Birds using their ways to deal with winter

"A winter wonderland!" Splinter exclaimed as the snow piled higher and higher covering everything in view. And indeed it was. The spell was broken too soon when real life insisted that we pay attention to something besides the beauty of the fallen snow. First order of business was to create a path through the thick blanket of white for the pups to do their "business." We wouldn't want to lose them in the deep snow.

How do the birds fare with so much snow? How do they manage to survive the frigid temperatures of wintertime — especially when several feet of snow cover the ground — and the birdfeeders? We bring our pets inside when it gets this cold so they won't freeze to death. Why don't the birds freeze to death?


Sometimes they do. But in reality they are more resistant to the cold than mammals are because Mother Nature has equipped them with an amazingly efficient internal cooling and heating system. They have features that help them combat the elements and withstand a fairly wide range of body temperatures.

Perhaps you've observed some of your favorite songbirds looking very fat on a chilly day — almost as though they have donned a warm winter coat. Birds fluff out their feathers to help them keep warm, and it makes them look plump.

Mother Nature has provided some specialized options to help birds manage the big chill, and fluffing their feathers is one. Feathers play a critical role in regulating body temperatures. Tiny muscles in the skin enable birds to fluff out their contour feathers to trap an insulating layer of air between their feathers and their skin that helps them maintain their body heat — like wearing a down jacket.

Would it surprise you to know that most birds have at least 25 percent more feathers in the wintertime? The extra feathers are acquired during the fall molt.

In heat of summertime, the opposite occurs. Birds can compress their feathers to keep the hot air away from their skin — like natural air conditioning.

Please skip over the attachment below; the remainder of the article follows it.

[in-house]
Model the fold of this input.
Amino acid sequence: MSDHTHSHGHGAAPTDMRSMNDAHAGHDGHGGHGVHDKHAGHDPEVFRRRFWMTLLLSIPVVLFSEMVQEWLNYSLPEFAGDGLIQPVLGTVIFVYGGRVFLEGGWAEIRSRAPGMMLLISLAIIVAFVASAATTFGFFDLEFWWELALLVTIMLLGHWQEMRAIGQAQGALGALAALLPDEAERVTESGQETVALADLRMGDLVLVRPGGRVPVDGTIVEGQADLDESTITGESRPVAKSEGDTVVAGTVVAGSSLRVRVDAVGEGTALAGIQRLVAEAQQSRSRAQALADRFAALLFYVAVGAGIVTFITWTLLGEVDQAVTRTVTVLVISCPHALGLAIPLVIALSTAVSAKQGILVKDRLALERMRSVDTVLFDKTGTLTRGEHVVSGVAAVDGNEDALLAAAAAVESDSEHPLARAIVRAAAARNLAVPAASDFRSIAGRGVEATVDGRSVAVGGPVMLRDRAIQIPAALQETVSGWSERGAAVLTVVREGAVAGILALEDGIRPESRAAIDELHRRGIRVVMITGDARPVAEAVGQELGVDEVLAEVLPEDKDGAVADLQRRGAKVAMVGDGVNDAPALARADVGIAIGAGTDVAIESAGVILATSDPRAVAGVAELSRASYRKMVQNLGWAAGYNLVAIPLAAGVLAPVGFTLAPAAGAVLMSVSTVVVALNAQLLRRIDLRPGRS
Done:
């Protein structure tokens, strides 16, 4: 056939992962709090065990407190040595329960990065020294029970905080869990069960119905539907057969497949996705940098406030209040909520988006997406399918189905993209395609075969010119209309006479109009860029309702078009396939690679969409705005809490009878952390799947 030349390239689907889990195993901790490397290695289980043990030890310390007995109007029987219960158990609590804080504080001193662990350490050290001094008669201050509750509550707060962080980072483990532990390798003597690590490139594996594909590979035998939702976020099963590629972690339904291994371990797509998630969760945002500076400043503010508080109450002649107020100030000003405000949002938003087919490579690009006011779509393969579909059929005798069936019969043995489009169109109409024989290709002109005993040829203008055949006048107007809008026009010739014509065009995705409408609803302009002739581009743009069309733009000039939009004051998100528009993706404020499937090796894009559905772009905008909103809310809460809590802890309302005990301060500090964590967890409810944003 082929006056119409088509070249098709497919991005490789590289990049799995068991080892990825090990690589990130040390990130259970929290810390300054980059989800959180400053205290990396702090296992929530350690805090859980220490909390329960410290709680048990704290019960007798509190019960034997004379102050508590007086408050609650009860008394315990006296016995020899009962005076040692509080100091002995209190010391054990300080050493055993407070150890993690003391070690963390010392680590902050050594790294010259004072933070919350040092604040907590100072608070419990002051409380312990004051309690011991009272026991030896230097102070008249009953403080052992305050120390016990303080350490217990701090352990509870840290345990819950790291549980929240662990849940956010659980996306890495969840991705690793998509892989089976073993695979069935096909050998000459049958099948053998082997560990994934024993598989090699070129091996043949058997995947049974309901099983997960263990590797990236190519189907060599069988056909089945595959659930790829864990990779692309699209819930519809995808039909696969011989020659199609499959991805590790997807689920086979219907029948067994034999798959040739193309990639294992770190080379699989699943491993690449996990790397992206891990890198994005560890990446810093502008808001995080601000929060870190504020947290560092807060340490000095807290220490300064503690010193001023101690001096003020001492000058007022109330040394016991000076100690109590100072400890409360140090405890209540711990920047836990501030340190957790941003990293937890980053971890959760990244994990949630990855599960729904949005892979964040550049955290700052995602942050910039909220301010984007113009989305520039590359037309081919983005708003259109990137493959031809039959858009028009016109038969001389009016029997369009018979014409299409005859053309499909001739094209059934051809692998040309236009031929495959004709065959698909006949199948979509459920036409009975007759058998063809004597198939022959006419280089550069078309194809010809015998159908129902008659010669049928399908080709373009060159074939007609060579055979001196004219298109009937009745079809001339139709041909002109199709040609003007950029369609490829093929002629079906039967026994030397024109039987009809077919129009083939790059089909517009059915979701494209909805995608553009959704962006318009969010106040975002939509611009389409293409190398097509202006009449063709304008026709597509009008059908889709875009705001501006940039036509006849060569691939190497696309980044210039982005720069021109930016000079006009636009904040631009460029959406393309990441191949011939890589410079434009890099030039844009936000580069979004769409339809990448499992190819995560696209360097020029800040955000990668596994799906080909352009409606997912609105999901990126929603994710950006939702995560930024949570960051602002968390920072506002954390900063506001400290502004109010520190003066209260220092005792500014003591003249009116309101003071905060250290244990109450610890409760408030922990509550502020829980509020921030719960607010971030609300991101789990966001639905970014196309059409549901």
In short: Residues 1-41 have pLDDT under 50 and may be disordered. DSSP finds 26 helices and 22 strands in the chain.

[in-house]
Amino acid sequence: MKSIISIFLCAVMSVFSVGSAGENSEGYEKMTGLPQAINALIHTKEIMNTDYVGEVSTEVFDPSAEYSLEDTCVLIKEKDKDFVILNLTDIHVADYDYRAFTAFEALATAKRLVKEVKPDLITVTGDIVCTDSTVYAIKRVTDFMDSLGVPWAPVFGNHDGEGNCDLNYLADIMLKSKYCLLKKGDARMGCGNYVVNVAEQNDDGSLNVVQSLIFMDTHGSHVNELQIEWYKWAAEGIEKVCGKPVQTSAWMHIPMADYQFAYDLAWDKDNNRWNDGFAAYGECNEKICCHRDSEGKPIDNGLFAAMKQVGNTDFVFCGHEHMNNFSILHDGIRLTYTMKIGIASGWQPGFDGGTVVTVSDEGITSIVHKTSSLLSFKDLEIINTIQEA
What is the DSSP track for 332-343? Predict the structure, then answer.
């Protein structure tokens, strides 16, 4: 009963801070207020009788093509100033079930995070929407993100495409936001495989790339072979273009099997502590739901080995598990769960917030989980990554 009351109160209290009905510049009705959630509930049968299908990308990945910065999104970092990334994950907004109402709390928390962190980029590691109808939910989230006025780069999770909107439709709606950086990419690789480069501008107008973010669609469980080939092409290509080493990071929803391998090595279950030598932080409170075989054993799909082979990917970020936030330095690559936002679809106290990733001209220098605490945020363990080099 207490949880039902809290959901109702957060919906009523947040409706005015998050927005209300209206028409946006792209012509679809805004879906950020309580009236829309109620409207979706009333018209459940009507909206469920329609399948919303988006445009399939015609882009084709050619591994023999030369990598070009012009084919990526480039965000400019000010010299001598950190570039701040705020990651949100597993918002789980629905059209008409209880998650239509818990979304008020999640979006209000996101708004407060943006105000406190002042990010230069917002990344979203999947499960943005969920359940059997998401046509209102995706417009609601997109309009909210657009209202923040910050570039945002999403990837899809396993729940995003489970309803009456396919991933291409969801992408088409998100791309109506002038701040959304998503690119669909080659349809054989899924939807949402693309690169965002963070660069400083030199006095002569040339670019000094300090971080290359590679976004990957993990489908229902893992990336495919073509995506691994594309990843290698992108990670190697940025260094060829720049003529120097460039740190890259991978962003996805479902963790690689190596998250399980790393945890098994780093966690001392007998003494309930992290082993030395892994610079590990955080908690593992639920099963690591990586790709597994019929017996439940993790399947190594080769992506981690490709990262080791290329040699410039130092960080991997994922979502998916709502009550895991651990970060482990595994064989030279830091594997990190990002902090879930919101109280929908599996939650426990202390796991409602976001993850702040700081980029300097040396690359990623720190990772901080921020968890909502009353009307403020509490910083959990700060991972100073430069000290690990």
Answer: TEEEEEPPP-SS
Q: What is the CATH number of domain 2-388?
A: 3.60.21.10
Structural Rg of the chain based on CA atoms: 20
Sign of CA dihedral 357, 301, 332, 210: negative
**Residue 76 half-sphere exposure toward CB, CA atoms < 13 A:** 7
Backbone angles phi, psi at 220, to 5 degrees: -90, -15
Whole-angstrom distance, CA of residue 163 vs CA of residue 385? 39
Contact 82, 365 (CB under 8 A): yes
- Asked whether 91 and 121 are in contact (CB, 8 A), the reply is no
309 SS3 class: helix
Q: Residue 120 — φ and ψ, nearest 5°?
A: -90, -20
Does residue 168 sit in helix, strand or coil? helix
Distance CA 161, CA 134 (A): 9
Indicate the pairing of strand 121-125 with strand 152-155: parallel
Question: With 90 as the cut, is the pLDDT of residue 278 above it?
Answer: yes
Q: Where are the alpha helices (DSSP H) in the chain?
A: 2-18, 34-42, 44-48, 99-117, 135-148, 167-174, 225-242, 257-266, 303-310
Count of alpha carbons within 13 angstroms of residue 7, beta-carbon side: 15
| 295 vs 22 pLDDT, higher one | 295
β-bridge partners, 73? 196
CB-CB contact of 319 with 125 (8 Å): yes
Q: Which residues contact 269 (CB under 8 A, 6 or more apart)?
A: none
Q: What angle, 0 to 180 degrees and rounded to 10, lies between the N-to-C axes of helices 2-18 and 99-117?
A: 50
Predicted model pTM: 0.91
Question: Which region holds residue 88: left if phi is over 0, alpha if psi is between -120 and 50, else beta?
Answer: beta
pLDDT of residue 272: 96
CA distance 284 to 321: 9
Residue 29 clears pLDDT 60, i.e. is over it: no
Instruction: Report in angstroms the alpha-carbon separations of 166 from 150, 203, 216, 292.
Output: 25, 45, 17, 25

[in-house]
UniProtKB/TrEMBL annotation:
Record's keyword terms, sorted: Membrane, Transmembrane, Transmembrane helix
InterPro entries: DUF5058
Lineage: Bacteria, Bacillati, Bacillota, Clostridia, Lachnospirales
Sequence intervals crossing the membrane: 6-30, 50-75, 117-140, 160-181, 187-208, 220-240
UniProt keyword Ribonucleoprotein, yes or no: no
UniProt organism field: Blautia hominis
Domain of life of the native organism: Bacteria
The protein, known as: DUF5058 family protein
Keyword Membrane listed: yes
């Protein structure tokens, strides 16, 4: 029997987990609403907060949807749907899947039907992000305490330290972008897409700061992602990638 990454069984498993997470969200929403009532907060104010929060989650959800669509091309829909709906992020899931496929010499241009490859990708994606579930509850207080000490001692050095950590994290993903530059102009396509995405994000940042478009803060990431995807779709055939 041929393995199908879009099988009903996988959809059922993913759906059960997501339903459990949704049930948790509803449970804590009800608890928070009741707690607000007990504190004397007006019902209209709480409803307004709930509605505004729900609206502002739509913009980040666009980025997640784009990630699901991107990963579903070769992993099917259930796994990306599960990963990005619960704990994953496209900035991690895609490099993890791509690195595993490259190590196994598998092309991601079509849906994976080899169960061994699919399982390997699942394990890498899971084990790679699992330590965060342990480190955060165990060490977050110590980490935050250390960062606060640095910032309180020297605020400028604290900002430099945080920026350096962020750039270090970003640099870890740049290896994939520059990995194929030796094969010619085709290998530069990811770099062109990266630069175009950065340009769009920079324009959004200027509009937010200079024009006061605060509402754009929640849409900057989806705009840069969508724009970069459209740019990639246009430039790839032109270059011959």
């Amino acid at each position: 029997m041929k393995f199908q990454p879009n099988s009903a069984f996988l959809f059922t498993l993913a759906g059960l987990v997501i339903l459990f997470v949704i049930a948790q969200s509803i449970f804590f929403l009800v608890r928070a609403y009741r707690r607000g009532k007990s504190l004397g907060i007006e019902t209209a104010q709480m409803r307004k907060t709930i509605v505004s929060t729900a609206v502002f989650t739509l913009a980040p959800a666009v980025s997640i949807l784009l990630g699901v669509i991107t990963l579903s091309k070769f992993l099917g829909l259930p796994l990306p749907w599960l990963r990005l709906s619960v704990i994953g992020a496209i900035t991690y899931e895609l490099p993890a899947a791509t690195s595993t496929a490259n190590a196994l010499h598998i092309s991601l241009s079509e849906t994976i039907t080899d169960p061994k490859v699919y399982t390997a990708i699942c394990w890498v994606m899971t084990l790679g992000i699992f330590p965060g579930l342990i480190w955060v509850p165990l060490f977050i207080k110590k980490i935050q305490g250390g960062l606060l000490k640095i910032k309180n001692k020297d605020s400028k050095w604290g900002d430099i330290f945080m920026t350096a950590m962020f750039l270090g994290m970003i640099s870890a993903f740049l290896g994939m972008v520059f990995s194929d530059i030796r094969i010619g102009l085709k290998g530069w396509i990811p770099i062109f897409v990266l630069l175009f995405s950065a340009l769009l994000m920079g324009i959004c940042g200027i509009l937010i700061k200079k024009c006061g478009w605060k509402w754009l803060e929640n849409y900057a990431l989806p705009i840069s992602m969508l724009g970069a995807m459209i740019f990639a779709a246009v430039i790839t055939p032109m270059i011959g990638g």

Have you ever seen a bird shivering? When birds are very cold, they can quickly turn food into heat by shivering. However, the shivering causes them to burn a lot of extra energy — energy that they must soon replace by consuming more food. If they don't replenish the energy they are burning, they will succumb to the cold and die.

Many small birds must eat much more food during the winter than in warmer months in order to keep their metabolism high. They must eat energy-rich foods including seeds, insects, fruit, and suet. Metabolism effects the production of heat and energy.

During the spring and summer, most birds are intent upon defending nesting territories. When winter comes, these behaviors change as many species band together in flocks that roam about together in search of an abundant food source.

In an article on the Audubon website (, Kenn Kaufmann comments on the fact that birds seem to intuitively seek the warmest areas possible — including hedges, nesting cavities, and in and under large evergreen trees.

"I don't know to what extent the birds actively pause and say, 'it feels a couple of degrees warmer here,'" says Audubon's field editor Kenn Kaufman, "but whether it's instinctive or a conscious choice, they are definitely making moves to be in sheltered spots."

I'm thinking that the brush pile Splinter made after the holidays with our Christmas tree might be providing a cozy shelter for the birds and perhaps some other wildlings, too.

It's a fact that many birds are able to survive the coldest days of winter because of the seed and suet that people like us put out for them. Sometimes, our effort to feed and fortify our feathered friends makes the difference between life and death. So keep your feeders filled, and maybe you'll be blessed with visits from a colorful array of hungry, grateful birds.

Stay warm and enjoy the snow. Spring is only 49 days away!